and replaced, they can be frequently removed
without objectionable labor or loss of time to
clean them and the bores, and there is therefore
not the probability of the scale or sediment being
allowed to ,accumulate in the bores sufficiently
to interfere with the eilicient generation of the
steam and operation of the iron, as occurs in the
use of irons which cannot be so easily cleaned.
Also, the gauze rolls will not become cemented in
10 the bores by the accumulation and baking of the
scale, as happens in previous constructions, in
which somewhat analogous elements have been
employed in the steam passages, but in which
they are left inaccessible when the passages are
15 opened, so that the elements cannot be readily
removed. Because of the greater inconvenience
and labor in removingsuch elements in the prior
constructions, they-are allowed to remain longer
in the irons, often until they become cemented in
thev passages, thereby making it practically'im
possible to remove them or, if they can be re
moved, the use of the implement necessary for
the purpose breaks or mutilates the elements so
as to render them unñt for reuse. These diffi
culties are eliminated by the Vdescribed construc
- tion, in which lthe caps 40, when removed, leave
the gauze rolls projecting from the bores so that
they can be grasped and pulled out.
The chamber 22 can be readily opened and
'30 cleaned out by removing its top cover. Since the
steam will be superheated and thoroughly dried
in its passage through the bore 20, chamber 22
and bore 2| before entering the steam passages in
the bottom plate I0, these will not become fouled
set screw, the opening movement of the valve is
controlled by the adjustment of the set screw.
and by first setting the set screw so as to deter
mine the extent to which the valve can be openecL,
the valve can be quickly opened to such extent
simply by moving the lever until itis arrested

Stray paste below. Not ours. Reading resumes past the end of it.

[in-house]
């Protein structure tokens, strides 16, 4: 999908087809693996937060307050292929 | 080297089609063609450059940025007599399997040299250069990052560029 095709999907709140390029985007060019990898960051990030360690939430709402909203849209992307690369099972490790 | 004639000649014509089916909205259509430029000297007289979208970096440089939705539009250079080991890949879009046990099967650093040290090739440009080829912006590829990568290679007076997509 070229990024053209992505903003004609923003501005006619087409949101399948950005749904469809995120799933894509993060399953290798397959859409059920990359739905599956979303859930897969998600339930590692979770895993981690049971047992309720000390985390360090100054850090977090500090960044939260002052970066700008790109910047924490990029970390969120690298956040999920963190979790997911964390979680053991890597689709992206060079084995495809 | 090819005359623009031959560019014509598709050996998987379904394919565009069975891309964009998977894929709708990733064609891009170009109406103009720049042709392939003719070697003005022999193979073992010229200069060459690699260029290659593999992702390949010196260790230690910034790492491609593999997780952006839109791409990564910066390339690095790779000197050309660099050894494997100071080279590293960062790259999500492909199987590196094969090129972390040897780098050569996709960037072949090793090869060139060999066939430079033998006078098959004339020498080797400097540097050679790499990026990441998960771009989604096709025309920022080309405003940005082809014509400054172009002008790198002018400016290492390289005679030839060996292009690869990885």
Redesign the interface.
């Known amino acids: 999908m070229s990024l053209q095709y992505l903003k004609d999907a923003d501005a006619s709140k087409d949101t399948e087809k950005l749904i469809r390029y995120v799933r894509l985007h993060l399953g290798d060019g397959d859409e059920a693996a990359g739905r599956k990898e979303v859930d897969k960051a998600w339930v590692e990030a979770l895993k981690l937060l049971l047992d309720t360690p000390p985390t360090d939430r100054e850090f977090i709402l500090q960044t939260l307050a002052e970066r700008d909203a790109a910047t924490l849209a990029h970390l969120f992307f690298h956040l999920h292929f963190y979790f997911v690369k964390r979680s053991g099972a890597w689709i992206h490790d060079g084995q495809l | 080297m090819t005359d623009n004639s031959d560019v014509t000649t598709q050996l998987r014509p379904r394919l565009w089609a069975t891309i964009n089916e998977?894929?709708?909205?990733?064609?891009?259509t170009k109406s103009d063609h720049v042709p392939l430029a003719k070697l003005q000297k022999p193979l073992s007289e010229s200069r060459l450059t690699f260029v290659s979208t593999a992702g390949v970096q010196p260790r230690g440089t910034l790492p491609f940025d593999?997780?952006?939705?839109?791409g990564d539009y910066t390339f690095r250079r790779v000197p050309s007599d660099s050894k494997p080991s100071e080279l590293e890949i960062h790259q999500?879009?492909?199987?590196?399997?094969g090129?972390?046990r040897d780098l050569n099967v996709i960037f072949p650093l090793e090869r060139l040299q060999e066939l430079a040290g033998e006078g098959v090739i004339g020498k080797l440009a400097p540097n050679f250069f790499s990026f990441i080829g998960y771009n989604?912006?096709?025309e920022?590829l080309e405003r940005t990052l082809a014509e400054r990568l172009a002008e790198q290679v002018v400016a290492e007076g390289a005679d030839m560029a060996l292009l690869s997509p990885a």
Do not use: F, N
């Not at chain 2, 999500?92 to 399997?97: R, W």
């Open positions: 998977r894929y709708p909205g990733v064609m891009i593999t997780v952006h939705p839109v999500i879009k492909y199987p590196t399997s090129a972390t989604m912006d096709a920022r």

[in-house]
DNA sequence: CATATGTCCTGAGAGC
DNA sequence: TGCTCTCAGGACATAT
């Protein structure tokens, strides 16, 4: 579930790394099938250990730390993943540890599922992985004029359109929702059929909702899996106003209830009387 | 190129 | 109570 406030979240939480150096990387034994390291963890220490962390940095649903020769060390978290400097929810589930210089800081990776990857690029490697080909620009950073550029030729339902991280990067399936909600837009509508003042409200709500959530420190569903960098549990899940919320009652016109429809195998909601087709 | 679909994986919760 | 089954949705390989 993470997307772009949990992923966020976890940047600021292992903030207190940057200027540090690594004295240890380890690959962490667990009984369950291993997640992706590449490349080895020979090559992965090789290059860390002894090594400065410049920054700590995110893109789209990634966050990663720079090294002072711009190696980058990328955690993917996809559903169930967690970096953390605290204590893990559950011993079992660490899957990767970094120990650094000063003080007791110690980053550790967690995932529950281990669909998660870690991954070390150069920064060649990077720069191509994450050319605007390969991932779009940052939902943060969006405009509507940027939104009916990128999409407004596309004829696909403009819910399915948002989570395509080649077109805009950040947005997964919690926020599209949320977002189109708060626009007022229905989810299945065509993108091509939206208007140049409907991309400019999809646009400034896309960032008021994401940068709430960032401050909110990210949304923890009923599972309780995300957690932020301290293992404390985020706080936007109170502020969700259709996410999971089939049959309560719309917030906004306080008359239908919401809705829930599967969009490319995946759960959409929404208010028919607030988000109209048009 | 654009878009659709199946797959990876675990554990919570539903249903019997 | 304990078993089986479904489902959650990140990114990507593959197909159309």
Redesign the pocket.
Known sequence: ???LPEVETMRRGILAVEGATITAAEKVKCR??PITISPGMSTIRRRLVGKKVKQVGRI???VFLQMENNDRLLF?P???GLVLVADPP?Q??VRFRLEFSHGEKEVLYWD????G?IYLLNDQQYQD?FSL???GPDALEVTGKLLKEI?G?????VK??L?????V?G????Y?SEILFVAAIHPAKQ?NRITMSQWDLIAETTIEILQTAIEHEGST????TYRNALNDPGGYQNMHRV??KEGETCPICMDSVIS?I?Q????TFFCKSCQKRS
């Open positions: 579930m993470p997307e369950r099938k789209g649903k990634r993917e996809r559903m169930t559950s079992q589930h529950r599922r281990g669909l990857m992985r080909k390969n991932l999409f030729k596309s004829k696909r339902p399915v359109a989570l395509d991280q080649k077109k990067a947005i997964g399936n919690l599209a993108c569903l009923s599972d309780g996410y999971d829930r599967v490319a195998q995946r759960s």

by the set screw. The valve will always be opened
the same amount so long as the adjustment of
the set screw remains unchanged, and when the
set screw has once been set to determinev the ex 10
tent of opening of the valve, the valve can be
quickly opened just this amount without the exer
cise of care or judgment on the part of the user of
the iron, it being simply necessary for hlm to
move the lever until it is arrested by the set' screw. 15
In this way the amount of the water delivered to
the steam generating chamber, when the valve
is opened, can be regulated with precision, as re
quired, and the amount of water delivered will be
always uniform whenever the valve is opened. If 20
more or less water is required, this can be -effected
simply by adjusting the set screw to control the
extent of opening of the valve.
As shown, the lug 49 in which the set screw 48
turns projects from a bearing bracket 50 secured 25
to the front arm of the handle i4 of the iron, said
lug havinga split intersecting the threaded hole
for the set screw and a screw 5| by which the
split portion of the lug can be drawn together to
grip and securely hold the set screw in its adjust 30
ments. Preferably, a finger wheel 52 is fixed,
as byy a nut 53, to the front end lof the valve rod